Psychological testing is the process of administering assessments that are aimed at evaluating a sample of behavior, which implies that a client’s performance in relation to some tasks should be described beforehand. Psychological testing contexts are typified by some ethical and legal issues that should be addressed so that clients may receive appropriate care (Burns, Jacob & Wagner, 2008; Hogan, 2007). Failure to consider both ethical and legal matters would result in unprofessionalism. This paper aims at discussing two ethical and two legal issues that impact the field of psychological testing. In addition, it describes a court case that has the most significance in the use of psychometric tests.
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Two ethical issues associated with psychological testing and their impacts
When a psychologist is conducting a test, he or she should be aware of ethical issues that may arise (Harriss & Atkinson, 2011; Ross, Saal, David & Anderson, 2013). One of the issues that can arise in psychological testing is related to the maintenance of confidential information (Hogan, 2007). A professional is required to release results to another professional only after obtaining consent from the client. In addition, such results should not be made available to persons outside the context.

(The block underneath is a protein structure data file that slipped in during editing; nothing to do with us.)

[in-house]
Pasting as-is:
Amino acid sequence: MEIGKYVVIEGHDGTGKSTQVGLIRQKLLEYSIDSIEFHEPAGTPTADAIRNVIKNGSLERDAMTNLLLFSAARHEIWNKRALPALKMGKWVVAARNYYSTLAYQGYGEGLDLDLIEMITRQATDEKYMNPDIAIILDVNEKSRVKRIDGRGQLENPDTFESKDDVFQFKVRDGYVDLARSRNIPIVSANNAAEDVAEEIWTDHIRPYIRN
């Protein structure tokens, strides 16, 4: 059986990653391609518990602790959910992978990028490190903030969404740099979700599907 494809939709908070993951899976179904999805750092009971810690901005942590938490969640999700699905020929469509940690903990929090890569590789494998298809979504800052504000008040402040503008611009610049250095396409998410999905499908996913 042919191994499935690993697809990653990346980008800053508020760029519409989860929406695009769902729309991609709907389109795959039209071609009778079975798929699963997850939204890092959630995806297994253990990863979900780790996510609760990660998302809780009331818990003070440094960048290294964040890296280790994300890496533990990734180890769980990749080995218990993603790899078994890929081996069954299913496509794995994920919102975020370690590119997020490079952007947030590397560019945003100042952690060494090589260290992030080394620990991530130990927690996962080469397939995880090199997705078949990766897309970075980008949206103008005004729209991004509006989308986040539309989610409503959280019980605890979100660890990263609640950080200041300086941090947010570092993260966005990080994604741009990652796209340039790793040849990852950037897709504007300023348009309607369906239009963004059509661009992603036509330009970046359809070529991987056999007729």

Another ethical issue that is related to psychological testing is with regard to knowledge of results, which implies that psychologists are required to disclose tests to clients in a professional way (Harriss & Atkinson, 2011). Findings should be disclosed fully so that persons can make their informed decisions (Hogan, 2007). The requirement is applied on the grounds that clients are autonomous and self-determining.
However, it can be breached in cases where exceptions are allowed, for example, in situations of employment testing. The two ethical issues have a major impact on the field of psychological testing because they clearly demonstrate how clients should be handled by professionals (Ross et al., 2013). Furthermore, they show the extent to which professionals can use information about their customers in their settings.
Two legal issues associated with psychological testing and their impacts
Legal issues are commonly encountered in psychological testing due to the fact that the assessments are based on legal frameworks, which are aimed at protecting consumers (Burns et al., 2008). One of the issues in this context is related to the Civil Rights Acts, which were adopted in 1964 and 991(Hogan, 2007). The Civil Rights Act of 1964 stipulates the rules that should be followed by employers when recruiting new personnel.
The rules encompass some aspects, such as employment procedures and tests. The Act requires that minority groups should not be excluded from employment opportunities on the grounds of their numbers and color, among other attributes. The Act led to the establishment of the Equal Employment Opportunity Commission (EEOC), which aims at creating equal opportunities (Hogan, 2007). Although the legislation was revised in 1991, it retained most of its original clauses.